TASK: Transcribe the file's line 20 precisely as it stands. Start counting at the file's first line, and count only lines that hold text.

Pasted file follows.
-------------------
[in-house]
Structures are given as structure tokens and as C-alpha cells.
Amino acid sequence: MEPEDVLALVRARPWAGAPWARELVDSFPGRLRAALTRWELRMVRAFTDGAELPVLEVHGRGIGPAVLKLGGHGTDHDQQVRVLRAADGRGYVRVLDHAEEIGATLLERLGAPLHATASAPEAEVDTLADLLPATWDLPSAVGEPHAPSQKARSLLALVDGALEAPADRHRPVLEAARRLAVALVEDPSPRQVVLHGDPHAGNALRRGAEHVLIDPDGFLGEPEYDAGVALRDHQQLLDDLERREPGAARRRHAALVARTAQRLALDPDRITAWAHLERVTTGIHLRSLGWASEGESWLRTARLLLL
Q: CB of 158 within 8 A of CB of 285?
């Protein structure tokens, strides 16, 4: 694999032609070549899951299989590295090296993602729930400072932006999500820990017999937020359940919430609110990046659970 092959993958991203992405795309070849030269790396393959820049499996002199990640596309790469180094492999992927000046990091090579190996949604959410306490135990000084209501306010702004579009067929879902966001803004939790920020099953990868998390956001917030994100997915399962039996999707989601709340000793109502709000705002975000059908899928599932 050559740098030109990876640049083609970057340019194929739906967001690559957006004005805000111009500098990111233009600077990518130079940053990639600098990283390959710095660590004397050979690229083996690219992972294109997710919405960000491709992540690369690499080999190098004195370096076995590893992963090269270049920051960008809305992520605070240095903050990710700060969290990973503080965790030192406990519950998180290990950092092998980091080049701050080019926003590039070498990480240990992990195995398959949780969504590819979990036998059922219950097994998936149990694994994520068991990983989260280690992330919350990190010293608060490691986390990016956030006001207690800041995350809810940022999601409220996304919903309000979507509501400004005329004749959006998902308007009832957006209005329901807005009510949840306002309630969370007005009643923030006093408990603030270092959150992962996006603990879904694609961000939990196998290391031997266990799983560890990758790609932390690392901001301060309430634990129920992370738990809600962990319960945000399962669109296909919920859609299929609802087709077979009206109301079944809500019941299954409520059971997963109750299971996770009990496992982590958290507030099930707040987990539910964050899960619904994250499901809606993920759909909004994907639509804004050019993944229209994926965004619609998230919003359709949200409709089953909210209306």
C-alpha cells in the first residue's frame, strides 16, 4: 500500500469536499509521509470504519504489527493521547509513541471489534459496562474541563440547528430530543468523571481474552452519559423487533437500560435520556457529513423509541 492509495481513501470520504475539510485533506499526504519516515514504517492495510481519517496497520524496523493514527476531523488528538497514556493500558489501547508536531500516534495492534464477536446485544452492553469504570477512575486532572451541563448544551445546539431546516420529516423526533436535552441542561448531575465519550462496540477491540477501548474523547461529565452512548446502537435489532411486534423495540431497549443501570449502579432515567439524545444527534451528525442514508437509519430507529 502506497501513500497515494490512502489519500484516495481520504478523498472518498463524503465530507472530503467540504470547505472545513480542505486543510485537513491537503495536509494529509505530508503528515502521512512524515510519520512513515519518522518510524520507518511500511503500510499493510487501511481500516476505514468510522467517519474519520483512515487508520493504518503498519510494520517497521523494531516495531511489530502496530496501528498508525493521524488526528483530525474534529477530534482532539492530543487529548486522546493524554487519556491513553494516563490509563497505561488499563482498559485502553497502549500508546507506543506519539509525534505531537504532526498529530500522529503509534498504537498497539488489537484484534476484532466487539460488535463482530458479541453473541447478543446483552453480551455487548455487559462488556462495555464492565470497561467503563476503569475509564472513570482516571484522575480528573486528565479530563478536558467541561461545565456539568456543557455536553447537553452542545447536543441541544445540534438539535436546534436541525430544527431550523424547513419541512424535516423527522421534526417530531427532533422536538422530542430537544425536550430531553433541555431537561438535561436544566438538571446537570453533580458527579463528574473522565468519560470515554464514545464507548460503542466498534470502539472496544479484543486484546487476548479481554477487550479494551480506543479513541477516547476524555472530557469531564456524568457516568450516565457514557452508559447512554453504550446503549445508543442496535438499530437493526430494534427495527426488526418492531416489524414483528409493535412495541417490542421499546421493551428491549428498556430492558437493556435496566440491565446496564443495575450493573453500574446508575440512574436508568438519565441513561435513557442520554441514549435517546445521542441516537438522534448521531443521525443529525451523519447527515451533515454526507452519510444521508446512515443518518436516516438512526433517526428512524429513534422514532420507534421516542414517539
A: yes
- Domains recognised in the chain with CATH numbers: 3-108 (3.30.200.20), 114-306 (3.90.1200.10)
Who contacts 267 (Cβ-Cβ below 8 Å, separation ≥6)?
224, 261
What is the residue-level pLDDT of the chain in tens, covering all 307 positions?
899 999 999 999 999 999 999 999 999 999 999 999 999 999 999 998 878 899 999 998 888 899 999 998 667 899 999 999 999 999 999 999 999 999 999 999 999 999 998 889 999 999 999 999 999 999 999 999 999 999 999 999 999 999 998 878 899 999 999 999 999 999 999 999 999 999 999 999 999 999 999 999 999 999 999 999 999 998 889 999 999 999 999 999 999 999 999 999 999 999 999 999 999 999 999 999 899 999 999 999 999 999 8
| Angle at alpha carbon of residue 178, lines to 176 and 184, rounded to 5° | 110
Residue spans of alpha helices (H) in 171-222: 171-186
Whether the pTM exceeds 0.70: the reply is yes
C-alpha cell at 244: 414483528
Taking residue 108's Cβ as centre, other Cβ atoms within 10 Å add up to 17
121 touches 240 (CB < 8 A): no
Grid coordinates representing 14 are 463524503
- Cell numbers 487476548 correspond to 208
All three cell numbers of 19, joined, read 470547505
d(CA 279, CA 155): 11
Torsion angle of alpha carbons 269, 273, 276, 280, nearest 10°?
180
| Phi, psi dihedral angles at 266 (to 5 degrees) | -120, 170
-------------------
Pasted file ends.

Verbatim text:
- Cell numbers 487476548 correspond to 208